January 23, 2019

Beloved NYC bookstore saved by GoFundMe campaign


No one likes to read about their favorite neighborhood bookstore closing, but when New York City‘s Westsider Rare & Used Books announced early last week they would need to close due to funding, readers took their fate into their own hands. According to Clayton Guse at the New York Daily News, the bookshop will remain open thanks to a crowdfunding campaign that raised $50,000.

Following owner Dorian Thornley‘s announcement, a GoFundMe page was created in hopes of securing more financial aid for the fledgling store. Bobby Panza, a resident of the Upper West Side (and presumably a customer of the store) started the page and said that, within the first 12 hours, they had a $10,000 donation.

He told The Daily News, “I’m over the moon that we raised this kind of money.”

By last Sunday, $50,000 from about 800 customers were raised to keep the store open for the foreseeable future. Just to put that in perspective, that’s $62.50 from each of those 800 customers. That’s less than two hardcover copies, probably 4-5 used books.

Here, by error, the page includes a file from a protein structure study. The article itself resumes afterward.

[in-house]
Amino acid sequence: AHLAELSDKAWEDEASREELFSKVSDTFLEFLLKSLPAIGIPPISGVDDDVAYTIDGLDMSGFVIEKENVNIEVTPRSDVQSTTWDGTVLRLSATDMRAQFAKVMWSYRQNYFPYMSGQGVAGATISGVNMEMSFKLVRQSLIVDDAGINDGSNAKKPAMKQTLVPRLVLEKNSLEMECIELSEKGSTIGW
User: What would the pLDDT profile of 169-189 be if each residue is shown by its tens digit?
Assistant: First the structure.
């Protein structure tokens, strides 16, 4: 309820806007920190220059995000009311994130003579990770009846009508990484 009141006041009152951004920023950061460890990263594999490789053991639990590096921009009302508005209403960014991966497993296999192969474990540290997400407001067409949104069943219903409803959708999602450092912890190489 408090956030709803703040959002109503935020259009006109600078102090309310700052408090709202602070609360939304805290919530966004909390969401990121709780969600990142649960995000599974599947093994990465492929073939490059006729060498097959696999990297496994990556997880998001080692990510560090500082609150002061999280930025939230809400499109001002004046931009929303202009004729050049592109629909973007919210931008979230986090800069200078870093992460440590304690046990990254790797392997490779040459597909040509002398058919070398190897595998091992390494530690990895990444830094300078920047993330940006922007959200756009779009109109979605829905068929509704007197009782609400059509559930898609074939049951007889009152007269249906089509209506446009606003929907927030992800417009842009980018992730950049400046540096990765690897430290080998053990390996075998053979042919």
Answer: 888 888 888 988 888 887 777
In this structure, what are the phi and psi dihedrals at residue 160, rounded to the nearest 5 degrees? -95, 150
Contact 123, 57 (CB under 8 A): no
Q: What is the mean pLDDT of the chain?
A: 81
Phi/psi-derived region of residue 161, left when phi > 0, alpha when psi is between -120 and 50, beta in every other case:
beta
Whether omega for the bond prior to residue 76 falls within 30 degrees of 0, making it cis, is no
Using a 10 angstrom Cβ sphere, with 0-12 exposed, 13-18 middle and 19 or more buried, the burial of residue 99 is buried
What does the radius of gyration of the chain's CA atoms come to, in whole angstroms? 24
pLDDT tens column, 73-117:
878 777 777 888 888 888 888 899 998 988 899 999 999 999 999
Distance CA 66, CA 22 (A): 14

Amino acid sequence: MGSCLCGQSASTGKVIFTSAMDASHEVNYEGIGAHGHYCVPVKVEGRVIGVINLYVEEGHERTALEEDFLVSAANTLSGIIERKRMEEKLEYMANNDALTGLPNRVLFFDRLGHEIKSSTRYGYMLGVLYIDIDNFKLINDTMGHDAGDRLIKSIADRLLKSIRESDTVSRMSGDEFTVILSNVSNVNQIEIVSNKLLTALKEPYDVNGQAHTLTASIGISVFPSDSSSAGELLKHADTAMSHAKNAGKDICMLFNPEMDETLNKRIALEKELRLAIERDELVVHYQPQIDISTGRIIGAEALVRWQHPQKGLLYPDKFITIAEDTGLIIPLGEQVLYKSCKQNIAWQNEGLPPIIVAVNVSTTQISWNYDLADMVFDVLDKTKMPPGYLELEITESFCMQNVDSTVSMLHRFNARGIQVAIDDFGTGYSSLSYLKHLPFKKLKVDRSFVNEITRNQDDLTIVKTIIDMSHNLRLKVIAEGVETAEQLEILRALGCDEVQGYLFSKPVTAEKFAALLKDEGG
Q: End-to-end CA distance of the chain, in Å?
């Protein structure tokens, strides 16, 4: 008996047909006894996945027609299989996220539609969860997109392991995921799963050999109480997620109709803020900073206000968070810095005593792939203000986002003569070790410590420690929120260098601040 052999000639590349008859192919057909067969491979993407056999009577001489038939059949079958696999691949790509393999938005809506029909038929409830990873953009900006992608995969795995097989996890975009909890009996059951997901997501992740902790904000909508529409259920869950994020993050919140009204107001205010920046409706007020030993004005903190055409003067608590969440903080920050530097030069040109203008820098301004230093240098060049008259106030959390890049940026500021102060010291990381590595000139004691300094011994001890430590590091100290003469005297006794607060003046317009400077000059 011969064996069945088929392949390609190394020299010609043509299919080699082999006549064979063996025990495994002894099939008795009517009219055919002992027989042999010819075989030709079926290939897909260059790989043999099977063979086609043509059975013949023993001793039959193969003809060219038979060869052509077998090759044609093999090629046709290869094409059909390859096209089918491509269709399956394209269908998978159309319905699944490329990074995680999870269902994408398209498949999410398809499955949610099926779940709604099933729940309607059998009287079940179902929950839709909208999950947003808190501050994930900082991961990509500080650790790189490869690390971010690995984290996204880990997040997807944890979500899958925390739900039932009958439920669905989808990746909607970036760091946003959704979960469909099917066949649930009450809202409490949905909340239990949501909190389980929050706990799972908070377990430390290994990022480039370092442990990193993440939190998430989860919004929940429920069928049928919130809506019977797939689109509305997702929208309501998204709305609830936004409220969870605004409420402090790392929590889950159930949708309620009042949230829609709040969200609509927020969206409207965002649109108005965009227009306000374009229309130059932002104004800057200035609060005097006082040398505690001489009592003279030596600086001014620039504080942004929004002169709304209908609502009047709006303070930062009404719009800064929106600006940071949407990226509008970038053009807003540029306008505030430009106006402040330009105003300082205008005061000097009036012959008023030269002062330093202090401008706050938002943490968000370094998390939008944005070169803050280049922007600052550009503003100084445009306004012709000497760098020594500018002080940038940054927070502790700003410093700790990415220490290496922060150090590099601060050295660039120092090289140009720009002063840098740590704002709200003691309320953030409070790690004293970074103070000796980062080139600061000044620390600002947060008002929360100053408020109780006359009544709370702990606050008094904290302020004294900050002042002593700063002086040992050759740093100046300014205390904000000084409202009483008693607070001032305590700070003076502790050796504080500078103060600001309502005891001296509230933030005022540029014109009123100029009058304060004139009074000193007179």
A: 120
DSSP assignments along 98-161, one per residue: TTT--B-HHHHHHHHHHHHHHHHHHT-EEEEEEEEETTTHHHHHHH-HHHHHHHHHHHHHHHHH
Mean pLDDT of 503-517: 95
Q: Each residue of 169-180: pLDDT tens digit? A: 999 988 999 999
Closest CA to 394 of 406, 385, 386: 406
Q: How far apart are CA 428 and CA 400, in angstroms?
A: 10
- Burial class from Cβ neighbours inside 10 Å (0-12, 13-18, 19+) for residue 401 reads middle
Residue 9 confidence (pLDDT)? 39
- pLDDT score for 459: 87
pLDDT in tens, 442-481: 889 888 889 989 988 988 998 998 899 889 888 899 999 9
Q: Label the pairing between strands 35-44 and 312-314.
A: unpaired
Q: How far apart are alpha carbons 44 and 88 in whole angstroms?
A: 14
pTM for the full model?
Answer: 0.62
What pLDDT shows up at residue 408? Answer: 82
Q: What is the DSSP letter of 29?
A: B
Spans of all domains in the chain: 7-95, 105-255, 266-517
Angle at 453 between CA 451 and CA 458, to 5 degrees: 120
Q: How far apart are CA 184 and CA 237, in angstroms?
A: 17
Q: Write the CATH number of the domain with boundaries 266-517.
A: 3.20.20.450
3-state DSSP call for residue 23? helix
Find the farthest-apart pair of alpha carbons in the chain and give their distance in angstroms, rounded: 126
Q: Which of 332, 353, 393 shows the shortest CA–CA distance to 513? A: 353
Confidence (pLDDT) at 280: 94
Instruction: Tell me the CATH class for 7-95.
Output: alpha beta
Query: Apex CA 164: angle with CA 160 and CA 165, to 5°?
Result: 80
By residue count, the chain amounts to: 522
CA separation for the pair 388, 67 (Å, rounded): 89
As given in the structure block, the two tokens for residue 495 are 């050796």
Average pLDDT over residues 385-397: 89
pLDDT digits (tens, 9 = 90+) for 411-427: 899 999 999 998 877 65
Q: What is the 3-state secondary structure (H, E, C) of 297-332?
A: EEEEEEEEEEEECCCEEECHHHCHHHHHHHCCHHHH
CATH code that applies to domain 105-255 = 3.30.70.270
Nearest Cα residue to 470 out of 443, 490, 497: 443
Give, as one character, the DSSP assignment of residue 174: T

While the article does not detail where that money is going or how long the store can survive on this remarkable donation from the residents of the UWS, the owner did say he hopes to thank them all by throwing a party. Guse writes, “Thornley says he plans to make good on the money that’s been put up. He says he’s planning a party for those who pitched in, and is going to work to keep Westsider open for ‘as long as humanly possible.’”

There’s no doubt that this campaign is encouraging, for both booksellers and readers, but that in a city like New York a store can’t sell what amounts to two hardcovers to 800 customers to keep themselves afloat is a much more disturbing thought.

The true culprit here is obviously rising rent prices and standards of living, but what does it say about our current culture when we’re more motivated by catastrophe campaigning than the simple pleasure of buying a book?



Alex Primiani is the associate director of publicity at Melville House.